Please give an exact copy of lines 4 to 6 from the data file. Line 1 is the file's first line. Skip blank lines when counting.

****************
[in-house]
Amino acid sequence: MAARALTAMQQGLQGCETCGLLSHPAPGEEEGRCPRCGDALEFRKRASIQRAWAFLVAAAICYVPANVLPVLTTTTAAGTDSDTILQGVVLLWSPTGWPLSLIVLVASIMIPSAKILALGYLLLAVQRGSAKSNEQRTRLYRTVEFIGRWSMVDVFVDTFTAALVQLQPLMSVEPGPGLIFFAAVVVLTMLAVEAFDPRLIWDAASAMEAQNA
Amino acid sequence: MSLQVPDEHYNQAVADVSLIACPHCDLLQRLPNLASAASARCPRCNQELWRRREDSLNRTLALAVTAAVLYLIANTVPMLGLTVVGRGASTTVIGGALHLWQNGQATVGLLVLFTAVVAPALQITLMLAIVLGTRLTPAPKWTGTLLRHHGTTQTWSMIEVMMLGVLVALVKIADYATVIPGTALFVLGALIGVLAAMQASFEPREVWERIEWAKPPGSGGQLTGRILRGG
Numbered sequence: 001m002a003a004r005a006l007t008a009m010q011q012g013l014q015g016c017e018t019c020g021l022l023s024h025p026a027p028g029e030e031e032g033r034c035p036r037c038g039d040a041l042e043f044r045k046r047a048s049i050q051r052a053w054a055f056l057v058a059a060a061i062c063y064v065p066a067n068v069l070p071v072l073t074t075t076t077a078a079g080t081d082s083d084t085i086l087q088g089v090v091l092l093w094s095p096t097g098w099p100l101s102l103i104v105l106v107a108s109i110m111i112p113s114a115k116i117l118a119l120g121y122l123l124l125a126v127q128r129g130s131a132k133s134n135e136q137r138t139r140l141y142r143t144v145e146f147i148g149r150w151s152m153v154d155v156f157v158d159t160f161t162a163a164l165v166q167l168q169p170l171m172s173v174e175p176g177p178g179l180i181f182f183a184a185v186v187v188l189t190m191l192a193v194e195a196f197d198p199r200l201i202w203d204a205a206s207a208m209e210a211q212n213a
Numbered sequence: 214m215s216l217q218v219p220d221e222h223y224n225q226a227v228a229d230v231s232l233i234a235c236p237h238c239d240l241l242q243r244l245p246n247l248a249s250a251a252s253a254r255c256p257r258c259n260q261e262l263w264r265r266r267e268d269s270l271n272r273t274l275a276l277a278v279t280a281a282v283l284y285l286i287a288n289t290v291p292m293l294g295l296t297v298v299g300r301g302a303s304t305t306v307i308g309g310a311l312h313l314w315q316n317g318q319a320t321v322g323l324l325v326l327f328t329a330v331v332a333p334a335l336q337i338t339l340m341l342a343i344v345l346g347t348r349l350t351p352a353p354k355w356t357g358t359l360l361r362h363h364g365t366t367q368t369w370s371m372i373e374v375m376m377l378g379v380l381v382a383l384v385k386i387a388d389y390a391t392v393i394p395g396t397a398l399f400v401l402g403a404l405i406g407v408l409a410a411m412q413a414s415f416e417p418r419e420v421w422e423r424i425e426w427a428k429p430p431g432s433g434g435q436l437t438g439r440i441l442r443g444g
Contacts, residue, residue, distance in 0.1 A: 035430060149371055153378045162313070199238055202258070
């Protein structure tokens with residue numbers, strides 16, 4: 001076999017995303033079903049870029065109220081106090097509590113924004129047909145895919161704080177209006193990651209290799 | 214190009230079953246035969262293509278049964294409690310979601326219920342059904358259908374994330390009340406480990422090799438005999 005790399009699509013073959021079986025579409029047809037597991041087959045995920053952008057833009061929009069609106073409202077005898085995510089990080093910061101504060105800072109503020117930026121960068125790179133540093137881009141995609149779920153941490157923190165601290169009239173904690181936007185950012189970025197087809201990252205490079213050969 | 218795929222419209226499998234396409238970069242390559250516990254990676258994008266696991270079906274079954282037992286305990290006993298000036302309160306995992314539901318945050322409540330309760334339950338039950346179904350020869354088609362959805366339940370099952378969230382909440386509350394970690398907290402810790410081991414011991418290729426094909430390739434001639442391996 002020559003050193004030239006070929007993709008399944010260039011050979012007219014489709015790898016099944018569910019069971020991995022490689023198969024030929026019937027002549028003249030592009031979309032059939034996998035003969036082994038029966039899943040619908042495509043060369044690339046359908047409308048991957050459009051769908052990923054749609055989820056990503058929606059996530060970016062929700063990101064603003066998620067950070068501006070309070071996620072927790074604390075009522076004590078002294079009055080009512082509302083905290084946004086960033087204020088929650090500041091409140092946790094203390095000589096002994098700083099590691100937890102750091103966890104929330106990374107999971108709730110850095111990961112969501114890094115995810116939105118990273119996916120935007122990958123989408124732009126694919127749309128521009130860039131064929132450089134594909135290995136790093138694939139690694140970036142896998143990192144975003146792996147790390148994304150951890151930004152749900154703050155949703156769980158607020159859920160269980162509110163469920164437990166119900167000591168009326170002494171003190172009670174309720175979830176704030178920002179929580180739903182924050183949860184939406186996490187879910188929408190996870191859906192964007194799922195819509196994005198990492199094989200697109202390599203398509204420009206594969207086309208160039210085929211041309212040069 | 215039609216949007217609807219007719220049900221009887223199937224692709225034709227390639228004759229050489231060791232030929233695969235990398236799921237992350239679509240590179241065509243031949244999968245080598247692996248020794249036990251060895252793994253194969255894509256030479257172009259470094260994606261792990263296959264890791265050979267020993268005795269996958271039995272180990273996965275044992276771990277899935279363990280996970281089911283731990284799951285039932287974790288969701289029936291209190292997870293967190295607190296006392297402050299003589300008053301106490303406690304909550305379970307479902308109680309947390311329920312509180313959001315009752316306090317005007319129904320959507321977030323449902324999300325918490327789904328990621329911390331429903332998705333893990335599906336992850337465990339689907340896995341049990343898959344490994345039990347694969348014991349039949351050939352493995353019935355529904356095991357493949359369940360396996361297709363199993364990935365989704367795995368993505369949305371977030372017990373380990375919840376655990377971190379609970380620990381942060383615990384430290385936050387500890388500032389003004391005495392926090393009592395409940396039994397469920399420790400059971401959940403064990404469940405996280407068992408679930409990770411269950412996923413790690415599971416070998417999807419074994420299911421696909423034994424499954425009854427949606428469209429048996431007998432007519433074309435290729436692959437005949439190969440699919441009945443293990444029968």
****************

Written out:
Numbered sequence: 001m002a003a004r005a006l007t008a009m010q011q012g013l014q015g016c017e018t019c020g021l022l023s024h025p026a027p028g029e030e031e032g033r034c035p036r037c038g039d040a041l042e043f044r045k046r047a048s049i050q051r052a053w054a055f056l057v058a059a060a061i062c063y064v065p066a067n068v069l070p071v072l073t074t075t076t077a078a079g080t081d082s083d084t085i086l087q088g089v090v091l092l093w094s095p096t097g098w099p100l101s102l103i104v105l106v107a108s109i110m111i112p113s114a115k116i117l118a119l120g121y122l123l124l125a126v127q128r129g130s131a132k133s134n135e136q137r138t139r140l141y142r143t144v145e146f147i148g149r150w151s152m153v154d155v156f157v158d159t160f161t162a163a164l165v166q167l168q169p170l171m172s173v174e175p176g177p178g179l180i181f182f183a184a185v186v187v188l189t190m191l192a193v194e195a196f197d198p199r200l201i202w203d204a205a206s207a208m209e210a211q212n213a
Numbered sequence: 214m215s216l217q218v219p220d221e222h223y224n225q226a227v228a229d230v231s232l233i234a235c236p237h238c239d240l241l242q243r244l245p246n247l248a249s250a251a252s253a254r255c256p257r258c259n260q261e262l263w264r265r266r267e268d269s270l271n272r273t274l275a276l277a278v279t280a281a282v283l284y285l286i287a288n289t290v291p292m293l294g295l296t297v298v299g300r301g302a303s304t305t306v307i308g309g310a311l312h313l314w315q316n317g318q319a320t321v322g323l324l325v326l327f328t329a330v331v332a333p334a335l336q337i338t339l340m341l342a343i344v345l346g347t348r349l350t351p352a353p354k355w356t357g358t359l360l361r362h363h364g365t366t367q368t369w370s371m372i373e374v375m376m377l378g379v380l381v382a383l384v385k386i387a388d389y390a391t392v393i394p395g396t397a398l399f400v401l402g403a404l405i406g407v408l409a410a411m412q413a414s415f416e417p418r419e420v421w422e423r424i425e426w427a428k429p430p431g432s433g434g435q436l437t438g439r440i441l442r443g444g
Contacts, residue, residue, distance in 0.1 A: 035430060149371055153378045162313070199238055202258070